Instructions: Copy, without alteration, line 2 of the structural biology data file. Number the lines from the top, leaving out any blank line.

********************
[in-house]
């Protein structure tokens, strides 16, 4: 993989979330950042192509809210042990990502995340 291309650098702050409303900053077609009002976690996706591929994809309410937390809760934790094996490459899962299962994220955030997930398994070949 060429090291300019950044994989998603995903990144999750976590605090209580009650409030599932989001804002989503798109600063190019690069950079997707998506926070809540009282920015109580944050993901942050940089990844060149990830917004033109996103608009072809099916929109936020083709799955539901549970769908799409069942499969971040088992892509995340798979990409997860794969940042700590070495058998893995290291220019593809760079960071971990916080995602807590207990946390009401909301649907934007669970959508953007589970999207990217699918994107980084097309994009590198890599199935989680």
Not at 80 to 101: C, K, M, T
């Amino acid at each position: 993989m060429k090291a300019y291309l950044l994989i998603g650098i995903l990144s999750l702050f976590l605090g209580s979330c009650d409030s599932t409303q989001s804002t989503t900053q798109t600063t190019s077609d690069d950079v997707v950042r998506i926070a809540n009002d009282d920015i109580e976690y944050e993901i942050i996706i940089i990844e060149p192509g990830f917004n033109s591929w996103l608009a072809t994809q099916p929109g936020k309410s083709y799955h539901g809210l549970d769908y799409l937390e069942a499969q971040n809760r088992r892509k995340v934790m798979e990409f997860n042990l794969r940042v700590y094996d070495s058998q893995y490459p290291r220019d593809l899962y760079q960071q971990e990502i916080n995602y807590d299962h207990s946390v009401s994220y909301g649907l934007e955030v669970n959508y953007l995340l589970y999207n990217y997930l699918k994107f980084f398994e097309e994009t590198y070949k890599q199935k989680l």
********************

């Protein structure tokens, strides 16, 4: 993989979330950042192509809210042990990502995340 291309650098702050409303900053077609009002976690996706591929994809309410937390809760934790094996490459899962299962994220955030997930398994070949 060429090291300019950044994989998603995903990144999750976590605090209580009650409030599932989001804002989503798109600063190019690069950079997707998506926070809540009282920015109580944050993901942050940089990844060149990830917004033109996103608009072809099916929109936020083709799955539901549970769908799409069942499969971040088992892509995340798979990409997860794969940042700590070495058998893995290291220019593809760079960071971990916080995602807590207990946390009401909301649907934007669970959508953007589970999207990217699918994107980084097309994009590198890599199935989680």